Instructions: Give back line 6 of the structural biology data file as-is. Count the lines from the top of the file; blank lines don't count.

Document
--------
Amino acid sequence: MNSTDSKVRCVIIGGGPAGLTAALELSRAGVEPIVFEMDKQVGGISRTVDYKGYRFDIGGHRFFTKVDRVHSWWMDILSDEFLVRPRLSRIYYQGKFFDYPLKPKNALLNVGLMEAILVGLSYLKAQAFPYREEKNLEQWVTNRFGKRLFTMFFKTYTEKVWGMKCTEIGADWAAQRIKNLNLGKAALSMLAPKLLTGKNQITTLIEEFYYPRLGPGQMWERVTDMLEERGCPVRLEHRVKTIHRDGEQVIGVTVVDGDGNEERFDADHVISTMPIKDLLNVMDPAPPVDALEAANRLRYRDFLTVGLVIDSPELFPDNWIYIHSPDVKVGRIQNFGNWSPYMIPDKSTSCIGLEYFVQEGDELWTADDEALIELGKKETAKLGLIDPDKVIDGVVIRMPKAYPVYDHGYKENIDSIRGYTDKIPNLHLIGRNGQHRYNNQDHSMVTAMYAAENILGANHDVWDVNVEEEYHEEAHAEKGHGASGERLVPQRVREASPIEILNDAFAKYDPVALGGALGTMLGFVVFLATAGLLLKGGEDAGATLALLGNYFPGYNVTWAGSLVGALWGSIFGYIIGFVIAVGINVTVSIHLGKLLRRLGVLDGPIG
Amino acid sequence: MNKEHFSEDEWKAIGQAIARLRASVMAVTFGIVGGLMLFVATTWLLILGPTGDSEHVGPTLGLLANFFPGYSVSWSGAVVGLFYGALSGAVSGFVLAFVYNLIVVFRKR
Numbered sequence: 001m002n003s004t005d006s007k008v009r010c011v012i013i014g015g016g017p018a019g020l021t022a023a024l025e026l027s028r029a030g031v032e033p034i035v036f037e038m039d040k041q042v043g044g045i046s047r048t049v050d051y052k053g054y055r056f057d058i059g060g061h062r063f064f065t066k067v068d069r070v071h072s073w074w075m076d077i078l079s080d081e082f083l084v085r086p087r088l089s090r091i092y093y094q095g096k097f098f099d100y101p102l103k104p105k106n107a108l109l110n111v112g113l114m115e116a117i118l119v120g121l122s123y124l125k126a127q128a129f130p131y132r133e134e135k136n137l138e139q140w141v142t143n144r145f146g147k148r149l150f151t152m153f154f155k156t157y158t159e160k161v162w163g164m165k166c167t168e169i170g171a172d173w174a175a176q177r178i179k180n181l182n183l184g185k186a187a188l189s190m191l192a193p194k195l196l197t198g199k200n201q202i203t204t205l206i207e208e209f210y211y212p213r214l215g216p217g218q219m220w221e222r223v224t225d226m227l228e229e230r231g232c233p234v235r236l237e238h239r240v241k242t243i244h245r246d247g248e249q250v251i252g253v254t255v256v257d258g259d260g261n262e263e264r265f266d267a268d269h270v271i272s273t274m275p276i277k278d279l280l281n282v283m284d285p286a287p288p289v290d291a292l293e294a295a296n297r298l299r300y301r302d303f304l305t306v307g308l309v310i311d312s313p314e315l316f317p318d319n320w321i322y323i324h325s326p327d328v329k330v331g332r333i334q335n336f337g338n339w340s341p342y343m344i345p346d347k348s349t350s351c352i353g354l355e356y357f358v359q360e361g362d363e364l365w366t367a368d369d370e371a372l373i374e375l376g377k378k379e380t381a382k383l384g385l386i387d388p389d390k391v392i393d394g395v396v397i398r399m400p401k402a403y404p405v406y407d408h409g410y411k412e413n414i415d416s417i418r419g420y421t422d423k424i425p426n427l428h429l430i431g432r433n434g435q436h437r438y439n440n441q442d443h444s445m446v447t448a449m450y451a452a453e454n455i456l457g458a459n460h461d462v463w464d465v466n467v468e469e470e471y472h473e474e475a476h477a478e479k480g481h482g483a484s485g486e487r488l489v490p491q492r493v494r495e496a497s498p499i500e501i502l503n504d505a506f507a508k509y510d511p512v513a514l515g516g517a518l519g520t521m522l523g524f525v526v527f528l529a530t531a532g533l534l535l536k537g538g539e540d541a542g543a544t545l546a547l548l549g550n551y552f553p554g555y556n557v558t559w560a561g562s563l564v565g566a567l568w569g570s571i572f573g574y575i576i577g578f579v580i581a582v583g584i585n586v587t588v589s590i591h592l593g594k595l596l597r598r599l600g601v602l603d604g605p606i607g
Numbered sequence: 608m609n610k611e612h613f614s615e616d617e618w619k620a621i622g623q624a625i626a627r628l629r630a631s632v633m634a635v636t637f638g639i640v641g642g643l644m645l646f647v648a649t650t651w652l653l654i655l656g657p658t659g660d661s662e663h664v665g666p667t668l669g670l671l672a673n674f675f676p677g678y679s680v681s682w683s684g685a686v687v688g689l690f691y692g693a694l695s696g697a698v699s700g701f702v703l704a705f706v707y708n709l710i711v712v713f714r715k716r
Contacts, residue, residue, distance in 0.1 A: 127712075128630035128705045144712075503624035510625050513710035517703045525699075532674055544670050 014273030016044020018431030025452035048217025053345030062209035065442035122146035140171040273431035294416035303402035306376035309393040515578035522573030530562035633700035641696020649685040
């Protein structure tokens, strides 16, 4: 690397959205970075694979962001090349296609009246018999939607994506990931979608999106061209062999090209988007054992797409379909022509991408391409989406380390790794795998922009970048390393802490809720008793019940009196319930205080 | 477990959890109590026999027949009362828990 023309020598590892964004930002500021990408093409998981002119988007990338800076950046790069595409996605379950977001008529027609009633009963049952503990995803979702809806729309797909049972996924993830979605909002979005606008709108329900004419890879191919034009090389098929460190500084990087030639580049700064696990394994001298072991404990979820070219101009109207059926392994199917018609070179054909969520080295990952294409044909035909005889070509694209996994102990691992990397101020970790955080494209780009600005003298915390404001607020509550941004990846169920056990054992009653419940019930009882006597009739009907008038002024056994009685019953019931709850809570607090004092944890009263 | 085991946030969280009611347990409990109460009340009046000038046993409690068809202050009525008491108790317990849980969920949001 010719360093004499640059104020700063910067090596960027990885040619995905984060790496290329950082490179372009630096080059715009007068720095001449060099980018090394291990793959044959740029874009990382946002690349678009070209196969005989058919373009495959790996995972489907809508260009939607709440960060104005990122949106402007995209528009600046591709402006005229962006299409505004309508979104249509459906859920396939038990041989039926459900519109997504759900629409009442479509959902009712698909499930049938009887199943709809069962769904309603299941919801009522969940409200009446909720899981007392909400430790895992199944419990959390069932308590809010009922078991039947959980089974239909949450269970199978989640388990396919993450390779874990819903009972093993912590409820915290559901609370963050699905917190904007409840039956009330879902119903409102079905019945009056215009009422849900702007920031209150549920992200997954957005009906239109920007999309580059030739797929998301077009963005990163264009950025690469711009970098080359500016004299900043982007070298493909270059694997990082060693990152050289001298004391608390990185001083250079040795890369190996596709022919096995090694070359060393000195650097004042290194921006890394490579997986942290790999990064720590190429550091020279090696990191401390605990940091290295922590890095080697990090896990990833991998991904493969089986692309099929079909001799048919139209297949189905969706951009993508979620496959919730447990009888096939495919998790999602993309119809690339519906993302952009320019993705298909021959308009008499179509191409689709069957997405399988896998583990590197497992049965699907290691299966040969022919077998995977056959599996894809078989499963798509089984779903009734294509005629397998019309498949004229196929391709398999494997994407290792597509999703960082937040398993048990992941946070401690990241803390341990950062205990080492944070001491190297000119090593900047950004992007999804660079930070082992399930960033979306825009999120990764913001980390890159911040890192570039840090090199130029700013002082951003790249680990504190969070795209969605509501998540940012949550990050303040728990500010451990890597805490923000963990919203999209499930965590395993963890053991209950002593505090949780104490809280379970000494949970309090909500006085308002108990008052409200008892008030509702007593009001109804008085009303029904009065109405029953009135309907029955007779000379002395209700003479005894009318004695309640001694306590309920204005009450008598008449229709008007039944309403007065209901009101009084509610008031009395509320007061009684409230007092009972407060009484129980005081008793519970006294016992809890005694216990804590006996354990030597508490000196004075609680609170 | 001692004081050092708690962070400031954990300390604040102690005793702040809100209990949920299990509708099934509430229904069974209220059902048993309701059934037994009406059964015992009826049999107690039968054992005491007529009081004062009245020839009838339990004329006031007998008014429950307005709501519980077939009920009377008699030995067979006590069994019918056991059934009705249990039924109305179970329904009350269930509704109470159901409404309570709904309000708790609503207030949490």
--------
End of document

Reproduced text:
């Protein structure tokens, strides 16, 4: 690397959205970075694979962001090349296609009246018999939607994506990931979608999106061209062999090209988007054992797409379909022509991408391409989406380390790794795998922009970048390393802490809720008793019940009196319930205080 | 477990959890109590026999027949009362828990 023309020598590892964004930002500021990408093409998981002119988007990338800076950046790069595409996605379950977001008529027609009633009963049952503990995803979702809806729309797909049972996924993830979605909002979005606008709108329900004419890879191919034009090389098929460190500084990087030639580049700064696990394994001298072991404990979820070219101009109207059926392994199917018609070179054909969520080295990952294409044909035909005889070509694209996994102990691992990397101020970790955080494209780009600005003298915390404001607020509550941004990846169920056990054992009653419940019930009882006597009739009907008038002024056994009685019953019931709850809570607090004092944890009263 | 085991946030969280009611347990409990109460009340009046000038046993409690068809202050009525008491108790317990849980969920949001 010719360093004499640059104020700063910067090596960027990885040619995905984060790496290329950082490179372009630096080059715009007068720095001449060099980018090394291990793959044959740029874009990382946002690349678009070209196969005989058919373009495959790996995972489907809508260009939607709440960060104005990122949106402007995209528009600046591709402006005229962006299409505004309508979104249509459906859920396939038990041989039926459900519109997504759900629409009442479509959902009712698909499930049938009887199943709809069962769904309603299941919801009522969940409200009446909720899981007392909400430790895992199944419990959390069932308590809010009922078991039947959980089974239909949450269970199978989640388990396919993450390779874990819903009972093993912590409820915290559901609370963050699905917190904007409840039956009330879902119903409102079905019945009056215009009422849900702007920031209150549920992200997954957005009906239109920007999309580059030739797929998301077009963005990163264009950025690469711009970098080359500016004299900043982007070298493909270059694997990082060693990152050289001298004391608390990185001083250079040795890369190996596709022919096995090694070359060393000195650097004042290194921006890394490579997986942290790999990064720590190429550091020279090696990191401390605990940091290295922590890095080697990090896990990833991998991904493969089986692309099929079909001799048919139209297949189905969706951009993508979620496959919730447990009888096939495919998790999602993309119809690339519906993302952009320019993705298909021959308009008499179509191409689709069957997405399988896998583990590197497992049965699907290691299966040969022919077998995977056959599996894809078989499963798509089984779903009734294509005629397998019309498949004229196929391709398999494997994407290792597509999703960082937040398993048990992941946070401690990241803390341990950062205990080492944070001491190297000119090593900047950004992007999804660079930070082992399930960033979306825009999120990764913001980390890159911040890192570039840090090199130029700013002082951003790249680990504190969070795209969605509501998540940012949550990050303040728990500010451990890597805490923000963990919203999209499930965590395993963890053991209950002593505090949780104490809280379970000494949970309090909500006085308002108990008052409200008892008030509702007593009001109804008085009303029904009065109405029953009135309907029955007779000379002395209700003479005894009318004695309640001694306590309920204005009450008598008449229709008007039944309403007065209901009101009084509610008031009395509320007061009684409230007092009972407060009484129980005081008793519970006294016992809890005694216990804590006996354990030597508490000196004075609680609170 | 001692004081050092708690962070400031954990300390604040102690005793702040809100209990949920299990509708099934509430229904069974209220059902048993309701059934037994009406059964015992009826049999107690039968054992005491007529009081004062009245020839009838339990004329006031007998008014429950307005709501519980077939009920009377008699030995067979006590069994019918056991059934009705249990039924109305179970329904009350269930509704109470159901409404309570709904309000708790609503207030949490």